She furthermore said the organization supports supply chain management, capacity building and training initiatives to empower individuals, especially women and adolescent girls, to make informed decisions about their reproductive health. The Marie Stopes representative stressed the importance of everyone, regardless of age, disability, or background, having the right to access reproductive health services and make choices that positively impact their future.

During the formal launching statement, the representative from Nadia Onlu discussed the organization’s focus on helping children and families in Sierra Leone. He said initially founded to facilitate adoptions, Nadia Onlu has since shifted its mission to keeping children with their parents and supporting families. According to him, the organization aims to empower children to have a better quality of life and maintain connections with their families whenever possible.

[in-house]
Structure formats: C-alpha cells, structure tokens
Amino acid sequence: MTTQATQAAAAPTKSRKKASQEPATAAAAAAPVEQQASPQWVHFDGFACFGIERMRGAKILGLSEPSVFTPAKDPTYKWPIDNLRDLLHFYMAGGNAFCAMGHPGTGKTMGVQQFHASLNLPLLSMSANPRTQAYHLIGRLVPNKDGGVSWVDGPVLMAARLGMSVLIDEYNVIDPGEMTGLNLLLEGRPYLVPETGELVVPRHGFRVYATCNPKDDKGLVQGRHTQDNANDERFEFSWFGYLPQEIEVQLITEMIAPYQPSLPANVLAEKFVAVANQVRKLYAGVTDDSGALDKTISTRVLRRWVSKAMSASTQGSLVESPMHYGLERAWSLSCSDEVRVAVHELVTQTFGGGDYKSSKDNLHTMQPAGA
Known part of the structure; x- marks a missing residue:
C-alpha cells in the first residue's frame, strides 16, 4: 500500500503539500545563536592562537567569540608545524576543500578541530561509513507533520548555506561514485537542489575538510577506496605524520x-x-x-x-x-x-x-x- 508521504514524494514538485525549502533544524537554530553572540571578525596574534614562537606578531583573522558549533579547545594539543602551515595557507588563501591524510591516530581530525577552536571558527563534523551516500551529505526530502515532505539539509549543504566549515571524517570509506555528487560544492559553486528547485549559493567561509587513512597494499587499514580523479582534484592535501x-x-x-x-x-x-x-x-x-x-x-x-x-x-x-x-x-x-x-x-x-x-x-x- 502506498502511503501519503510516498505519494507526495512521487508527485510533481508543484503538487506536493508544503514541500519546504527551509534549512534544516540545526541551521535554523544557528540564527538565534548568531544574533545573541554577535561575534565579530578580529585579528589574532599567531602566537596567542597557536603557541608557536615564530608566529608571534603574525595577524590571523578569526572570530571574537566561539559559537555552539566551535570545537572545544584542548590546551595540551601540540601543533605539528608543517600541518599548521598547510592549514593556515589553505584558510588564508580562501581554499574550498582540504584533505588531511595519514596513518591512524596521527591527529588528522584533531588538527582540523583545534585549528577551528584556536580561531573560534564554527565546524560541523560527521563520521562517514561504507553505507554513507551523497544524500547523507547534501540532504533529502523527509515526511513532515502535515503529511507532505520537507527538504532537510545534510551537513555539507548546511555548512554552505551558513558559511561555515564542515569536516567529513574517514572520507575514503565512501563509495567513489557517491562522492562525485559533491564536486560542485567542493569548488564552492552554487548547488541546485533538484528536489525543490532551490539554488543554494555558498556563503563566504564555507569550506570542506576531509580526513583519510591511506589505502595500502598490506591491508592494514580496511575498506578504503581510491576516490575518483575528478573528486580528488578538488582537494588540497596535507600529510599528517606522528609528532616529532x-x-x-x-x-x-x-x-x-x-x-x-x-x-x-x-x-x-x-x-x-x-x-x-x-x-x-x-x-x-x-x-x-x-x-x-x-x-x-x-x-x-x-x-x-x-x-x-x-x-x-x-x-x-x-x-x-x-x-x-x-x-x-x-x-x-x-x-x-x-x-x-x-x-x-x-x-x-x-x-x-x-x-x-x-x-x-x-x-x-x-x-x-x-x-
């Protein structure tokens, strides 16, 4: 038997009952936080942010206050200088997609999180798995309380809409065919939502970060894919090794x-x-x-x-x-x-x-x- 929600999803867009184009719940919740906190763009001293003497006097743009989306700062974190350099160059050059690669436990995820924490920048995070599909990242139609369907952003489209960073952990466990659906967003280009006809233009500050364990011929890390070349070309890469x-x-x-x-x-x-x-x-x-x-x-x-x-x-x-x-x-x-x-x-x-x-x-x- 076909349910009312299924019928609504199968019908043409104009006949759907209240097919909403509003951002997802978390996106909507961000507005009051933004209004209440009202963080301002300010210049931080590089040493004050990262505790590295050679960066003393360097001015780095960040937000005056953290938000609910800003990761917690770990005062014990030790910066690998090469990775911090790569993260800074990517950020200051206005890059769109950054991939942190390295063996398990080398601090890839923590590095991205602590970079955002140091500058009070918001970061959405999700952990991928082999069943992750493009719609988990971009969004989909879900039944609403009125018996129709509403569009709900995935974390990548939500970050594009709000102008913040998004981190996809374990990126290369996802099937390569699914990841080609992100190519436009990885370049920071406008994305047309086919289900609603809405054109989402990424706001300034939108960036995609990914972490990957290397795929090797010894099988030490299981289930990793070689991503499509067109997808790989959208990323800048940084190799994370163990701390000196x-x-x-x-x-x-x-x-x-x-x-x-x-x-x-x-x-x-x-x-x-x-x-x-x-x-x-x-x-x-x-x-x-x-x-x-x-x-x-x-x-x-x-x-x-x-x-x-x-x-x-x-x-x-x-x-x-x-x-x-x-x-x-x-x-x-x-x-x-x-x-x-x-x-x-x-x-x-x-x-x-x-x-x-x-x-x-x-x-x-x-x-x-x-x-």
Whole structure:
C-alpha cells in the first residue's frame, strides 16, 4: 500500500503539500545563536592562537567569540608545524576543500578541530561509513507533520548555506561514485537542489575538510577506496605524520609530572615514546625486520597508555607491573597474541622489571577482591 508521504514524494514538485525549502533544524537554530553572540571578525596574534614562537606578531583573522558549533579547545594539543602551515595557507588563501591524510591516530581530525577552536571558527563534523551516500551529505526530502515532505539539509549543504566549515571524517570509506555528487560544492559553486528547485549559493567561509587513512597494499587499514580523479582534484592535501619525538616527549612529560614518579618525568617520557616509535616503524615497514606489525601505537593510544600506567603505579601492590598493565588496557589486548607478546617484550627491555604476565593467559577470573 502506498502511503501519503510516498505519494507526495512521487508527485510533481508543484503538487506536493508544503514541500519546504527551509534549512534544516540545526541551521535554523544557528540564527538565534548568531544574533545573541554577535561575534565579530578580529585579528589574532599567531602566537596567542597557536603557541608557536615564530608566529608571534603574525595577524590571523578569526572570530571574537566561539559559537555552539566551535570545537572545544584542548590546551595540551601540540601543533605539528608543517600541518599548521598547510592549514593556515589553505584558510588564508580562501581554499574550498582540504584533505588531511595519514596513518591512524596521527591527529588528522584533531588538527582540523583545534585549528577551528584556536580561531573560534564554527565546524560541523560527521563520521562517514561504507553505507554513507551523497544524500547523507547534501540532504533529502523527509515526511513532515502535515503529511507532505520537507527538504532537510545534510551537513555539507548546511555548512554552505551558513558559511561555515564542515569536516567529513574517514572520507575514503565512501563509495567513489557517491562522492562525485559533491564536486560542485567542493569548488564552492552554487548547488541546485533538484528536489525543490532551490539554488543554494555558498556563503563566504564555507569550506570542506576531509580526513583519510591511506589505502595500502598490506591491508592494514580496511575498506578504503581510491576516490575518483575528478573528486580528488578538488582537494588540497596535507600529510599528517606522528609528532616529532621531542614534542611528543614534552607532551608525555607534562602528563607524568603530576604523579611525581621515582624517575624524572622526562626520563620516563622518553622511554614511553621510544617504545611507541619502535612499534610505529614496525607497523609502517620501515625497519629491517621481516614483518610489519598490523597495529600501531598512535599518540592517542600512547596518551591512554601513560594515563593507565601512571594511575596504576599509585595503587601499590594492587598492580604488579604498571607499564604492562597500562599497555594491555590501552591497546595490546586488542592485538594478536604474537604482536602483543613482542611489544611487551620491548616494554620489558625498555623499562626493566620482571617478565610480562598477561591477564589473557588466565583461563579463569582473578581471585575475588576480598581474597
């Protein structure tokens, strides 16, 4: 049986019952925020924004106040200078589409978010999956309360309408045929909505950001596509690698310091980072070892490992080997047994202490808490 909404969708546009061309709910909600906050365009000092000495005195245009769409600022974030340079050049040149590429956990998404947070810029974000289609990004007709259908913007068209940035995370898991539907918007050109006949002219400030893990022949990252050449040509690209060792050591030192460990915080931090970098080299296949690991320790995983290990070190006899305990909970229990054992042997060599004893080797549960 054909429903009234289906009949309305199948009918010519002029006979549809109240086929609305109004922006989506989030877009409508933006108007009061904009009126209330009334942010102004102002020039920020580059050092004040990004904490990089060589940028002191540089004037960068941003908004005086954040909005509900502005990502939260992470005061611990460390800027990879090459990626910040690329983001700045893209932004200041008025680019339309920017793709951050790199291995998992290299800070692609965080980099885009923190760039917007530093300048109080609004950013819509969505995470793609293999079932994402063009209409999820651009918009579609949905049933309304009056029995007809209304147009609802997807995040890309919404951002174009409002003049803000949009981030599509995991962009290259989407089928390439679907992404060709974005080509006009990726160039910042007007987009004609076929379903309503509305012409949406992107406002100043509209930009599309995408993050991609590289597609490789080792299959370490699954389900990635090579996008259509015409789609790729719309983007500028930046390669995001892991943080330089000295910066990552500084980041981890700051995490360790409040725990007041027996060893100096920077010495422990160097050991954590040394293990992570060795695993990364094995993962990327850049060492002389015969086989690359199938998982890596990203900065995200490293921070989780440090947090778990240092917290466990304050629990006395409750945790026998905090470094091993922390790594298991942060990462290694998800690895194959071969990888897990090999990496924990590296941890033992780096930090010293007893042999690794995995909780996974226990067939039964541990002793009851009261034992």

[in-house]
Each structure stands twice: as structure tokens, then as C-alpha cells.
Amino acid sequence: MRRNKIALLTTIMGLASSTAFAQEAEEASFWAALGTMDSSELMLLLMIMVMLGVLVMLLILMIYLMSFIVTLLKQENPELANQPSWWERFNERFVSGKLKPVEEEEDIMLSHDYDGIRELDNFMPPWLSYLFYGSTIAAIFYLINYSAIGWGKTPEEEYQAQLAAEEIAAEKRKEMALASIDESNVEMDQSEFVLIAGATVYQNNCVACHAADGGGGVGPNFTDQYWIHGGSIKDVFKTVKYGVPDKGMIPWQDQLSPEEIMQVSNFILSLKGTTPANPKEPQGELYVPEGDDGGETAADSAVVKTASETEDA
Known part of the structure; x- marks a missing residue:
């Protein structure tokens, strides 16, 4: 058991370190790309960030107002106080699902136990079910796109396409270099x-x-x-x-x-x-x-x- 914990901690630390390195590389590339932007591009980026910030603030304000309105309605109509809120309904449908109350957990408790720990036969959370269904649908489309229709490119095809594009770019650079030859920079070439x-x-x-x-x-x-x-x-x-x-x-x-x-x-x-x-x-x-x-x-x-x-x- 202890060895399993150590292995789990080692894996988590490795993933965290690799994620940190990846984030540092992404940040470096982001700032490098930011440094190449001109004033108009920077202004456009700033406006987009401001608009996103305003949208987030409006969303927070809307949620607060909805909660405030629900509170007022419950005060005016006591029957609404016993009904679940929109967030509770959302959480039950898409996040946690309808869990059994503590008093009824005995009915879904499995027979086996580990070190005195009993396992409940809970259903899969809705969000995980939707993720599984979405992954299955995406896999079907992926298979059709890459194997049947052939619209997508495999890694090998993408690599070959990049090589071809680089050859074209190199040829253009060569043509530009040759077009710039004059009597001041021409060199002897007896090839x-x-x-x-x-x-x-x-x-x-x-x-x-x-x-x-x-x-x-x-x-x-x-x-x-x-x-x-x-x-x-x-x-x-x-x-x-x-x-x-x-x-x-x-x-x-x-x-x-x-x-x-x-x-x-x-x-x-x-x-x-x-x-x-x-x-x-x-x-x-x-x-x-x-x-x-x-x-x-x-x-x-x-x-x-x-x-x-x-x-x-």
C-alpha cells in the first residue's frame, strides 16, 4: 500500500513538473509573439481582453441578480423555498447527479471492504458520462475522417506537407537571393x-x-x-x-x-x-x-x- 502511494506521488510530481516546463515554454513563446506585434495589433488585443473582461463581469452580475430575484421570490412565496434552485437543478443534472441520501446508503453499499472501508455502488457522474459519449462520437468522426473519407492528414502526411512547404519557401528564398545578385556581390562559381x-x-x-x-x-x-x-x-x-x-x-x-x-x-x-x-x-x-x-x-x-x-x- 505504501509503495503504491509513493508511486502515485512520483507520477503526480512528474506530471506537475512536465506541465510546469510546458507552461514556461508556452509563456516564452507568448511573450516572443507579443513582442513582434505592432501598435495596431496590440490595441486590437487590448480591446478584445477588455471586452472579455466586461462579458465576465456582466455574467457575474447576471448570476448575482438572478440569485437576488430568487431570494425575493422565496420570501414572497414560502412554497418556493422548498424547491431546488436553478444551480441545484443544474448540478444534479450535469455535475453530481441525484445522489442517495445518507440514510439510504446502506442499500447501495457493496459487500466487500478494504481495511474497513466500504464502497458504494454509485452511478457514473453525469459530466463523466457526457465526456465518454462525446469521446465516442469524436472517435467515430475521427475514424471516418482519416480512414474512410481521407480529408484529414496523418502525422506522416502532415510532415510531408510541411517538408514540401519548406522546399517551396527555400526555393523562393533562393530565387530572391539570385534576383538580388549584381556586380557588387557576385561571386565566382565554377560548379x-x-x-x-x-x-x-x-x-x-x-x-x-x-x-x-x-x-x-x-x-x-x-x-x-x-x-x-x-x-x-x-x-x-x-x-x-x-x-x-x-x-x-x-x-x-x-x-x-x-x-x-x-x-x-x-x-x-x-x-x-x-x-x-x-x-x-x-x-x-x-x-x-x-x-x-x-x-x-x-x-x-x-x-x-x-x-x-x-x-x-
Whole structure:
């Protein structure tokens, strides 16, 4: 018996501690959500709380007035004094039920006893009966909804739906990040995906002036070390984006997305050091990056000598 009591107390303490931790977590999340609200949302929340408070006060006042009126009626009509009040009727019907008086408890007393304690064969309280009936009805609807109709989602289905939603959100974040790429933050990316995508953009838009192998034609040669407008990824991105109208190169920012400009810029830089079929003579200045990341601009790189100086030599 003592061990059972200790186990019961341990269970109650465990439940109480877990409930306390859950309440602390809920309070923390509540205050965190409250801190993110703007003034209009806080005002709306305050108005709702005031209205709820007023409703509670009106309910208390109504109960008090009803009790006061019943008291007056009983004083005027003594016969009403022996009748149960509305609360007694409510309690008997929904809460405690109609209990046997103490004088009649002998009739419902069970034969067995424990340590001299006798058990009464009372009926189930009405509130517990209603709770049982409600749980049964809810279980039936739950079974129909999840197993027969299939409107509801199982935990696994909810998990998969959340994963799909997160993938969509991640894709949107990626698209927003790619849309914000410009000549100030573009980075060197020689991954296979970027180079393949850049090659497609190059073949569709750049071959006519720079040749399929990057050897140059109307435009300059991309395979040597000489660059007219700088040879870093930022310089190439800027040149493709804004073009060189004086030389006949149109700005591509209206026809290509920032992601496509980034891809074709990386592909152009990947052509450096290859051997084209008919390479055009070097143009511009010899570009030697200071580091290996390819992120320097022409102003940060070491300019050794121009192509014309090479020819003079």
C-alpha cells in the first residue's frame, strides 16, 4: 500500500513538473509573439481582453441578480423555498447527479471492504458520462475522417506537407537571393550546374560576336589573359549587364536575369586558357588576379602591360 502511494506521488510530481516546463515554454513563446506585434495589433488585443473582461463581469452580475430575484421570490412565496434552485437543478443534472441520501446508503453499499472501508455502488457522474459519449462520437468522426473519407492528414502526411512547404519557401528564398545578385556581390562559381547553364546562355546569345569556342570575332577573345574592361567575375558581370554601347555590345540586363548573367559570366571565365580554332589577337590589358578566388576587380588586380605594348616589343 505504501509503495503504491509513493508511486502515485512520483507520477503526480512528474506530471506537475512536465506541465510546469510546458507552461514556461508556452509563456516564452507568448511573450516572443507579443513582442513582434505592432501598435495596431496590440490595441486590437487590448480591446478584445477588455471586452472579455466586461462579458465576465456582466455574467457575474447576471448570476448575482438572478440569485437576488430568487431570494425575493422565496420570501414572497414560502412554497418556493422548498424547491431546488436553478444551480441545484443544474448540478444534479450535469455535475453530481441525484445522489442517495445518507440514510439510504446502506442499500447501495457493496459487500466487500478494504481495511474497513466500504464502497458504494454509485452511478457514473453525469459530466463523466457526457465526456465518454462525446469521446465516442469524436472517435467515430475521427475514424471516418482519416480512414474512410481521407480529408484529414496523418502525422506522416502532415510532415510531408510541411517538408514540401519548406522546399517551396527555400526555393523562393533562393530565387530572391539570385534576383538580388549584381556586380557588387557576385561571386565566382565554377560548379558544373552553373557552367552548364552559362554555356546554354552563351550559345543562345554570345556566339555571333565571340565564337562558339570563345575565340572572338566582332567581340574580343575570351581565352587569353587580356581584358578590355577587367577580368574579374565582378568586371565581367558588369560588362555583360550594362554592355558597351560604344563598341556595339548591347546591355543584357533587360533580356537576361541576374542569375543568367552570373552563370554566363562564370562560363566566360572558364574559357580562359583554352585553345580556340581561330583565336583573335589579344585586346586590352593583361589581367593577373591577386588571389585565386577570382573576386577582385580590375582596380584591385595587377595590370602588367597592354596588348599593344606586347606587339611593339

The representative expressed gratitude towards those who support Nadia’s mission and emphasized the importance of unity and collaboration in their work. He highlighted the significance of community support in achieving their goals and stressed the value of working together to help those in need.

The launch of the II Giardino Di Ngali 2 Project marks a pivotal moment in the ongoing efforts to support and protect vulnerable children and young people in Sierra Leone.

With a strong focus on collaboration, inclusivity and comprehensive support, the project aims to address critical issues and create a more equitable and supportive environment for all children, especially those with disabilities. As the project progresses, it is poised to make a lasting impact on the lives of many, contributing to the broader goal of leaving no one behind by 2030.